Aug. 02--The group Repeal SMART has filed a notice of intent to circulate petitions designed to upend the financially troubled Sonoma-Marin Area Rail Transit commuter rail project.
Legal notices were published Monday in North Bay newspapers, including the Independent Journal. The step is necessary to start the initiative process, said Clay Mitchell of Windsor, spokesman for the group.
"We hope to start collecting signatures sometime in the next two weeks," Mitchell said.
The group will have six months to collect a total of 37,314 signatures of registered voters in Marin and Sonoma counties. The group's goal is to put a repeal measure on the ballot next June or November 2012.
The group is developing a strategy on how it will gather signatures, but it will likely rely on volunteers and paid signature gatherers.
"It certainly feels doable," Mitchell said. "We will be working the next few weeks to get our structure solidified."
Marin Supervisor Judy Arnold, vice chairwoman of the SMART board, said she respects the group's efforts.
"They have the right to do that, that's part of the democratic way and we will see what happens," she said.
Measure Q -- the SMART measure -- needed 66.67 percent to pass in 2008. Marin gave it 62.6 percent approval while Sonoma gave it 73.5 percent, for 69.5 percent.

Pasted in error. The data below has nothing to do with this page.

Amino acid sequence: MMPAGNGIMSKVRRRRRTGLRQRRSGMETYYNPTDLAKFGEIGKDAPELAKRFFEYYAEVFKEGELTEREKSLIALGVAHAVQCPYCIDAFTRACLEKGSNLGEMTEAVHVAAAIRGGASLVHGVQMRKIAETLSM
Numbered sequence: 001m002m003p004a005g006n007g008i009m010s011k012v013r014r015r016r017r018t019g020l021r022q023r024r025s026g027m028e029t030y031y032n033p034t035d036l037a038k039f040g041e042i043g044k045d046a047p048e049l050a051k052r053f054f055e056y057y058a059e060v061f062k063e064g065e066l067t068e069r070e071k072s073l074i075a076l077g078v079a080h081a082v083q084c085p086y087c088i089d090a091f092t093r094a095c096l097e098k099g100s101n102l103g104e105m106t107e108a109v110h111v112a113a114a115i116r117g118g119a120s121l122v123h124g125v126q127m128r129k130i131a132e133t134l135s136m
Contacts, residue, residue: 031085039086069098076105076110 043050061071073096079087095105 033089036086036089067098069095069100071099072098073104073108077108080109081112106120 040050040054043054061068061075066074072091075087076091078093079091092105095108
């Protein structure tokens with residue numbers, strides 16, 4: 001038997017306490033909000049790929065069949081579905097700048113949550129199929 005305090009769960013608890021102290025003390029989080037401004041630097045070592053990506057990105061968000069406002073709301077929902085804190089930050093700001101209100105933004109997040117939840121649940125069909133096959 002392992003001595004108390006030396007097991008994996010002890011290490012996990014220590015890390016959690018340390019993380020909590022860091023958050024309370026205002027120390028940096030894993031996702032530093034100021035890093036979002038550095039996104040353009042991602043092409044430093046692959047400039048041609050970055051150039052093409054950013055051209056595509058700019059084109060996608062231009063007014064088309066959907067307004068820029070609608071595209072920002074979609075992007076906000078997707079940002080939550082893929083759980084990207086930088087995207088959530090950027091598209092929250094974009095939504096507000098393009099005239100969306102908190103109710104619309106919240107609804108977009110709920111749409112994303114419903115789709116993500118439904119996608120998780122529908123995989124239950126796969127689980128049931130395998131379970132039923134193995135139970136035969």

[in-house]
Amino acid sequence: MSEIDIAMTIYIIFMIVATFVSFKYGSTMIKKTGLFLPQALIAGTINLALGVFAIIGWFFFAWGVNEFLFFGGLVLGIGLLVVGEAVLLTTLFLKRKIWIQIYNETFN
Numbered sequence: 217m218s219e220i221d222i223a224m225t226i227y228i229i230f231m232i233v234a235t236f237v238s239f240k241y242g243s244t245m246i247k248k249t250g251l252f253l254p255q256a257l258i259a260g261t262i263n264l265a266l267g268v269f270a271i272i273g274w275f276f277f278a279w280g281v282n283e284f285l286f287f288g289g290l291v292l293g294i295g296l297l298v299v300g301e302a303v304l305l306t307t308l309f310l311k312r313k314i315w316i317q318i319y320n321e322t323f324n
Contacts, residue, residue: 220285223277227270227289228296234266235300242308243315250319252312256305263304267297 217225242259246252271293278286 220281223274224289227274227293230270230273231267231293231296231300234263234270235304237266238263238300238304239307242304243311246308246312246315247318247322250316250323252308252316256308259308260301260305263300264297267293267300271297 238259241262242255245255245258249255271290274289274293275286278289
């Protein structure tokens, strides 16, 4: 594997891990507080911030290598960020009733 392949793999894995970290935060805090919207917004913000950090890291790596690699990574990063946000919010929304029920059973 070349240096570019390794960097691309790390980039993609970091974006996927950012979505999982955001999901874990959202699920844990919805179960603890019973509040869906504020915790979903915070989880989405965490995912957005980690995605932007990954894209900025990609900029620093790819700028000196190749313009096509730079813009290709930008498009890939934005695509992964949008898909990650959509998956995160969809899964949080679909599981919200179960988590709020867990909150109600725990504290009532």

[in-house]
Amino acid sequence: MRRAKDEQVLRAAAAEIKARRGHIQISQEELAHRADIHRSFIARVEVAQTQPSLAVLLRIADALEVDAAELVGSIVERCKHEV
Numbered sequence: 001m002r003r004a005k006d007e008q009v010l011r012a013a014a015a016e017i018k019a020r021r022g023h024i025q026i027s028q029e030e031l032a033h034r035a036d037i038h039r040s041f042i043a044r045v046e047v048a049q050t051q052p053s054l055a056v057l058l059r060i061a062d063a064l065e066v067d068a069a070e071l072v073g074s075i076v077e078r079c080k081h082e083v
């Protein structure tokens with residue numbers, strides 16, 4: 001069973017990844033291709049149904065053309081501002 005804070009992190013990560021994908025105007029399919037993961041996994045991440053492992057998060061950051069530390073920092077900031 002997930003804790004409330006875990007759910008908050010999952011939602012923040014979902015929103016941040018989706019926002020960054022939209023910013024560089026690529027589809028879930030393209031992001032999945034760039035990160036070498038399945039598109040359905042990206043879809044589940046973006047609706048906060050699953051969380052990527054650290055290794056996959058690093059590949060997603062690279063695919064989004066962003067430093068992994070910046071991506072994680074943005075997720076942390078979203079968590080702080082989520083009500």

The approval raised the sales tax in Marin and Sonoma counties by a quarter cent to finance the train that was to take
passengers from Cloverdale to Larkspur starting in 2014. A bike and pedestrian path along the route was part of the package.
But the plan collapsed amid higher than anticipated costs and a poor economy, which weakened the sales-tax base. SMART hopes to start a shorter line from Santa Rosa to San Rafael, then build the rest of the line later if money can be found. Where that money will come from has not clearly been defined.
Last month Farhad Mansourian, the Sonoma-Marin Area Rail Transit agency's acting chief, concluded the rail project would cost $45 million more than previous estimates. Mansourian, charged with taking a fresh look at finances as well as project components, has recommended revisions that boost funding projections and cut some costs while increasing others and is confident a funding plan will soon be in place.
The train project now has a price tag of $380 million to connect San Rafael and Santa Rosa.
In its notice of intent, Repeal SMART said it aims to undo Measure Q and "give SMART a 'strategic timeout' to form a new, complete plan including an adequate funding mechanism to fund the project as promised in its entirety."
Mitchell envisions two campaigns, one to get signatures to get the issue to the ballot and a second to promote the initiative if the first goal is achieved.
"Taxpayer money is being spent at an alarming rate, while the scope of the project has been chopped to a fraction of what was promised voters," he said. "This is not what we all voted for."
Sonoma Supervisor Valerie Brown, chairwoman of the SMART board, said the project is no different than any other large-scale public works project that has stumbled along with the economy.
"It is our responsibility to let people know that if we are going to build a project of this size and make it work it will have to be done in stages," Brown said. "We are not different from any other large public works or transportation project, it's the hand we were dealt. It's amazing how many people are still very supportive, but they are not the vocal majority."
Contact Mark Prado via email at firstname.lastname@example.org
Copyright 2011 - The Marin Independent Journal, Novato, Calif.